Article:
Charles II Silver Cup
Maker: St John Hoyte
A charming early English silver mug of plain form. The body is raised from sheet and has a simple strap...
A charming early English silver mug of plain form. The body is raised from sheet and has a simple strap handle and an incised, reeded neck. This is the earliest type of mug. Hand engraved to the front is a double crest.
Contains 550 ml.
Weight 271 grams, 8.7 troy ounces..
Height 11.1 cm. Diameter 6.5 cm.
Makers mark ‘SH’ conjoined (see Jacksons Page 137*), possibly St John Hoyte (see David Mitchell’s Silversmiths in Elizabethan and Stuart London page 488/9).
Signed/Inscribed: *It is unusual to have a maker’s name for a piece of silver of this early date as there are no precise records of silver makers’ marks prior to 1697. All records were destroyed in the fire at Goldsmiths Hall in 1681 when the Assay Office and apartments of the Assayer and Clerk in the south west wing of the building were burned down. From 1697 onwards Goldsmiths Hall has preserved a complete record of workmen’s marks, addresses, together with their names and the dates. Sometimes the details of makers can be discovered from old records such as the inventories of noble houses and other institutions. The first surviving record at Goldsmiths Hall is the 1682 copper plate made to start the recording process again. This has recently prompted a study by Dr David Mitchell, supported by Goldsmiths Hall, resulting in the publication of his 2017 “Silversmiths in Elizabethan and Stuart London”. This reference work identifies previously unknown makers marks and assigns marks struck on existing plate to individuals (attributions for 540 separate marks).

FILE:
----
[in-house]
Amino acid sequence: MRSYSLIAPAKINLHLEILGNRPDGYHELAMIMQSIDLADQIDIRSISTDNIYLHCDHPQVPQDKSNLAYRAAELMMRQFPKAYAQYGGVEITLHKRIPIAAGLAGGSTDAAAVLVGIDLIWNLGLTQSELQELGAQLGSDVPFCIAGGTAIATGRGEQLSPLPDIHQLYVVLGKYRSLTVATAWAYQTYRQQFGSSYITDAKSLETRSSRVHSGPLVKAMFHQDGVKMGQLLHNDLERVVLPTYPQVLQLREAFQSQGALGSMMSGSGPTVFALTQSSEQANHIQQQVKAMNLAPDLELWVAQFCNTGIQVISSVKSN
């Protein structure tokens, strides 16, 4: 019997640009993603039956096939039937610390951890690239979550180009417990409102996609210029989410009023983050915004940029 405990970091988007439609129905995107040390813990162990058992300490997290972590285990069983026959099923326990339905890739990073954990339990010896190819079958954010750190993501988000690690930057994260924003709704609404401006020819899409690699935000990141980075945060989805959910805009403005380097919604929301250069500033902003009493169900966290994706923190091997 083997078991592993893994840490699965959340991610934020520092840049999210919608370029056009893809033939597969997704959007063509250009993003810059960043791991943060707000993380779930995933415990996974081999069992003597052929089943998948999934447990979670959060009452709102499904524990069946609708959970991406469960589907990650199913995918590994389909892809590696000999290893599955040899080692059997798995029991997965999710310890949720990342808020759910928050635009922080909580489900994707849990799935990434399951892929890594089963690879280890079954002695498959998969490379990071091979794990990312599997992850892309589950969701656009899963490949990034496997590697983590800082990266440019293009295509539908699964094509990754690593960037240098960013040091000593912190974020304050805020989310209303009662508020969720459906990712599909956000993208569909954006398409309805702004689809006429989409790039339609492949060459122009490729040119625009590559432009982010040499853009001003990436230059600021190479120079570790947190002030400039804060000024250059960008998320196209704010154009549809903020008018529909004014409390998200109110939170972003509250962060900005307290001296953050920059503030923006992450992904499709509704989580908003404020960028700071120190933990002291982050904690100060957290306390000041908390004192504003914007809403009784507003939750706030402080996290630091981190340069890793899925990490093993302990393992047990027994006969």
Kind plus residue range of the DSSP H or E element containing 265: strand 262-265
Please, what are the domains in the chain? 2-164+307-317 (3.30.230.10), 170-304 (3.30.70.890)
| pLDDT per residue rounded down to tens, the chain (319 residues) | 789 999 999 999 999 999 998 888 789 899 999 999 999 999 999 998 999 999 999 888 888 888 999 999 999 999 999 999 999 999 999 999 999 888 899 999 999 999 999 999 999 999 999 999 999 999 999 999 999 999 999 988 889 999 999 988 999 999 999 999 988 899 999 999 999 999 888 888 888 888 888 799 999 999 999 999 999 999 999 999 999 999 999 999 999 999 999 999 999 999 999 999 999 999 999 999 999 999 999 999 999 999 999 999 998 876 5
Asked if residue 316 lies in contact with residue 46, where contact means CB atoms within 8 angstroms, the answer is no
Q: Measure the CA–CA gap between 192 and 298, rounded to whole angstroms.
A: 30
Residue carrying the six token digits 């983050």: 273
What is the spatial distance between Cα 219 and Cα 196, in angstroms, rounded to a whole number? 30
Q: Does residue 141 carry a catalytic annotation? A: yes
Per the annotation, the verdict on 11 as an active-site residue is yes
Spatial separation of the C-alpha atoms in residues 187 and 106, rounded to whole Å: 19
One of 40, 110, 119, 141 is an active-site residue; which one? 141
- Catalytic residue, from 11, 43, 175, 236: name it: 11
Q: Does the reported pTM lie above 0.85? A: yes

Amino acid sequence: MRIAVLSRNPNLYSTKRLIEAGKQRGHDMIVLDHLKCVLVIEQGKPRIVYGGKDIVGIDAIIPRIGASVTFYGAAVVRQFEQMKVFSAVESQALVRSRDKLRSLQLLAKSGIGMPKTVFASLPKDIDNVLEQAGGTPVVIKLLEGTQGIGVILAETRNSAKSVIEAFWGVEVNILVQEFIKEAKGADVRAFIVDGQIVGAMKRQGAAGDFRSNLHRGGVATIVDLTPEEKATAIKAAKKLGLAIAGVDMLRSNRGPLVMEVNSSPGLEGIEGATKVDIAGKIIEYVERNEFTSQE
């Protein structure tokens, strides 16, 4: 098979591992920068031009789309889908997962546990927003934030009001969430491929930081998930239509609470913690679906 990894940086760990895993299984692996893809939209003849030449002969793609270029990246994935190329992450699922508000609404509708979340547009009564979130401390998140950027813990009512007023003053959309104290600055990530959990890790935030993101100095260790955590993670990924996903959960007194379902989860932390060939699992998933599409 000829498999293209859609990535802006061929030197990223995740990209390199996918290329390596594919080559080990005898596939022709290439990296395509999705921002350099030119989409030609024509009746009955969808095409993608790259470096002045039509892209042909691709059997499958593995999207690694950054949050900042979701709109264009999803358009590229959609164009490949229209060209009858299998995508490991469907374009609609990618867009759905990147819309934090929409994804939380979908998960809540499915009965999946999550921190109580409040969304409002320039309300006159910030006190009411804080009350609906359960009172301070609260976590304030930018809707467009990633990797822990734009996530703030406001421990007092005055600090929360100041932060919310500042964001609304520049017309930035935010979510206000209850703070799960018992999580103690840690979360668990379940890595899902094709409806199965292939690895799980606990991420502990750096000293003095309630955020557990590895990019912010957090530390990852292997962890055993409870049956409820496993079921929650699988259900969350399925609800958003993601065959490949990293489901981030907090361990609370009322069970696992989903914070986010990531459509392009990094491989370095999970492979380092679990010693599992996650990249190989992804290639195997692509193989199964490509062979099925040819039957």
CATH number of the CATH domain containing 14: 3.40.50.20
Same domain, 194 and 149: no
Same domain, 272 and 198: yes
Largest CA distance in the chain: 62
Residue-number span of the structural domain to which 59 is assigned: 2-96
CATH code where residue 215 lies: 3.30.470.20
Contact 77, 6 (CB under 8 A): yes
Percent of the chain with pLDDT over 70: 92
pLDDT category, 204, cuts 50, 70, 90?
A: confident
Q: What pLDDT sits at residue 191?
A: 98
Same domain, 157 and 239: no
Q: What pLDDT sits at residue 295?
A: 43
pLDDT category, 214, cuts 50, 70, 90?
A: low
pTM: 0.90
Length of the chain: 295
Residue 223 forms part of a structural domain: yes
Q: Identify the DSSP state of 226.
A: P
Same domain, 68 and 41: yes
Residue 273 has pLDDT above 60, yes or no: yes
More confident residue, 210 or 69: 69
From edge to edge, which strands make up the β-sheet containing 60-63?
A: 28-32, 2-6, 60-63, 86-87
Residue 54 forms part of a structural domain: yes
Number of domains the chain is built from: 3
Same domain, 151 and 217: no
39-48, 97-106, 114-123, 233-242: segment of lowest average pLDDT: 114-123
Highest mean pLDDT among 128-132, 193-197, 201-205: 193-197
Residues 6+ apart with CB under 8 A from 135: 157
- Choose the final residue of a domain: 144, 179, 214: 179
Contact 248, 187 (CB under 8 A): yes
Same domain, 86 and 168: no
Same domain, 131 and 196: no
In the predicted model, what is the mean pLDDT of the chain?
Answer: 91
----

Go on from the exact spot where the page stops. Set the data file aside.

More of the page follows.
This delightful little silver cup is in very good condition. The engravings are still crisp. Stamped underneath with a full set of English hallmarks. Excellent colour.
Maker: St John Hoyte
St John Hoyte, London silversmith, apprenticed to Thomas King 1668, free 1676. Hoyte’s mark was struck on the 1682 Mark Plate. Livery 1685. Died 1693 and the mark of his widow Frances Hoyte appeared on plate from that time. Hoyte took 6 apprentices during his working career. Hoyte produced a large range of hollow wares including tankards, flagons and porringers and many chinoiserie decorated tankards, porringers salvers and tea cups.
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